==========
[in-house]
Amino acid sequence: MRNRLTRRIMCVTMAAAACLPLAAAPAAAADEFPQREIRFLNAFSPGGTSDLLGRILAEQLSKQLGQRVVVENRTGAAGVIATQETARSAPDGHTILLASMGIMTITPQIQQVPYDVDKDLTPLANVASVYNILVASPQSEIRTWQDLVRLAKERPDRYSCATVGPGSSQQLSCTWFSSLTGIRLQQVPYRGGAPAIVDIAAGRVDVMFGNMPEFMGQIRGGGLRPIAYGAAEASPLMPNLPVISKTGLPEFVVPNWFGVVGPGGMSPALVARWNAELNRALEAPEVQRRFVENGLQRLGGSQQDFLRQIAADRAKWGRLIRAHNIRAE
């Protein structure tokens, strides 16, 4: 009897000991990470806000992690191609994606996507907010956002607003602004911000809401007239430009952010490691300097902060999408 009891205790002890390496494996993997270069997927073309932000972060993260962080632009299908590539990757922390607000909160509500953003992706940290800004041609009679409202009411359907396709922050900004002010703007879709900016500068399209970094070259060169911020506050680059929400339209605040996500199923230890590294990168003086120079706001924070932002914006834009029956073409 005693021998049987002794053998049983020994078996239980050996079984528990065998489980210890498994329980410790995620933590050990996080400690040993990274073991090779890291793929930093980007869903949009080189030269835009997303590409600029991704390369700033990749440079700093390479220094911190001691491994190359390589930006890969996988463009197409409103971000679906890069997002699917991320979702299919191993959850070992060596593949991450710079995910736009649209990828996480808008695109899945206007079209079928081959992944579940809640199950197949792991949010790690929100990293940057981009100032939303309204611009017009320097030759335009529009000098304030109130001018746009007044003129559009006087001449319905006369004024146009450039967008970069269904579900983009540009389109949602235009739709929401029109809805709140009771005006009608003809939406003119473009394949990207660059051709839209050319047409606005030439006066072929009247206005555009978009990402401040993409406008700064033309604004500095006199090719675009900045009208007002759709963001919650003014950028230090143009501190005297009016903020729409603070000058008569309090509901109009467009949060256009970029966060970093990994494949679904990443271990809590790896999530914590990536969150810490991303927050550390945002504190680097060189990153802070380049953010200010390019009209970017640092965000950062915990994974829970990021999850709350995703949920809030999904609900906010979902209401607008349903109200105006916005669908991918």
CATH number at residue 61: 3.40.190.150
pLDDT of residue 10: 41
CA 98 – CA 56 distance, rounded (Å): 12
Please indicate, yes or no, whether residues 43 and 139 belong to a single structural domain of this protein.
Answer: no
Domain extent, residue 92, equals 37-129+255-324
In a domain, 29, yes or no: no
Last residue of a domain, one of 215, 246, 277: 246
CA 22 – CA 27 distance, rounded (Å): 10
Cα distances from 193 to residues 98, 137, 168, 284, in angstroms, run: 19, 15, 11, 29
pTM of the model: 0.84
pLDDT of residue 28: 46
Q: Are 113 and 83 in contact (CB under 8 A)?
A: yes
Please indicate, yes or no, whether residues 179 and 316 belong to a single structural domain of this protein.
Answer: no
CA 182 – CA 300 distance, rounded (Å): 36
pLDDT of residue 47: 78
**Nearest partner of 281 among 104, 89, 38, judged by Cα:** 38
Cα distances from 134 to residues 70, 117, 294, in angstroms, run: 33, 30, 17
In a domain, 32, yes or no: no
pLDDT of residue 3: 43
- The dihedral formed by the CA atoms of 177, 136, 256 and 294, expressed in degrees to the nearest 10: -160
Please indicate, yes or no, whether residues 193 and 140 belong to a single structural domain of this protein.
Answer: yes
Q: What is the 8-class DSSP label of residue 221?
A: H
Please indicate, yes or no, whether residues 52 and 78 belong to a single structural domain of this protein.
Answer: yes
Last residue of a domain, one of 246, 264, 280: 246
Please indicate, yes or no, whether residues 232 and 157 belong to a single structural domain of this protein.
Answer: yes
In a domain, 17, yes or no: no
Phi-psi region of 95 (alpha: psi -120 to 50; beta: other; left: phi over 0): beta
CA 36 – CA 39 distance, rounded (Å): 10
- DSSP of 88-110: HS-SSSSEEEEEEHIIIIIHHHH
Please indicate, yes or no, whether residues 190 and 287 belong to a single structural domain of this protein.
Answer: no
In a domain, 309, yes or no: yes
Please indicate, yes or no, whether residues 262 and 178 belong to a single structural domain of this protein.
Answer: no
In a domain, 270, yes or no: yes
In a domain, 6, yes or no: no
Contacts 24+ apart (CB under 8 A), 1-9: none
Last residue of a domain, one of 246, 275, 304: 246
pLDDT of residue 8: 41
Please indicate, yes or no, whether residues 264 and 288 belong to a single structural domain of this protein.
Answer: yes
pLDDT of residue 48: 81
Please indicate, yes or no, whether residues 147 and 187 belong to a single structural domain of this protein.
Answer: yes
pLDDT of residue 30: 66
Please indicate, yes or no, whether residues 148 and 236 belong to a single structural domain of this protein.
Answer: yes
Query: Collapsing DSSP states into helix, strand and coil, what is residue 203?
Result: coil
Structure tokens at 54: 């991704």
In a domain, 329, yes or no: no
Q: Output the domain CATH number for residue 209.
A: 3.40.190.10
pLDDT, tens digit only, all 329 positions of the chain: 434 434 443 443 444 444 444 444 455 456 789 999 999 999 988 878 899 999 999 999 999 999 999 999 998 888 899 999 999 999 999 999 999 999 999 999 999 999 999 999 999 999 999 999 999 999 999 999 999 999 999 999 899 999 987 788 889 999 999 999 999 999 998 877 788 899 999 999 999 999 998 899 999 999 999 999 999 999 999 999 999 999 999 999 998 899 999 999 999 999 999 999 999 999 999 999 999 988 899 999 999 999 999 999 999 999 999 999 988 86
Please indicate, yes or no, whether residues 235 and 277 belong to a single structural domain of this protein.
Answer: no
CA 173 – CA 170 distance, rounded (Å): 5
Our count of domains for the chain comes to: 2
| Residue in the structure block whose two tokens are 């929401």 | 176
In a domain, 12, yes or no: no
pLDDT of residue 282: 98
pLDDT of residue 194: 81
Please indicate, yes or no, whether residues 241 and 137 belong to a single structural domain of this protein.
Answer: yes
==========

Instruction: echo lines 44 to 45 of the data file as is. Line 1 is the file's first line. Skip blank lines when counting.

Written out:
Answer: no
In a domain, 270, yes or no: yes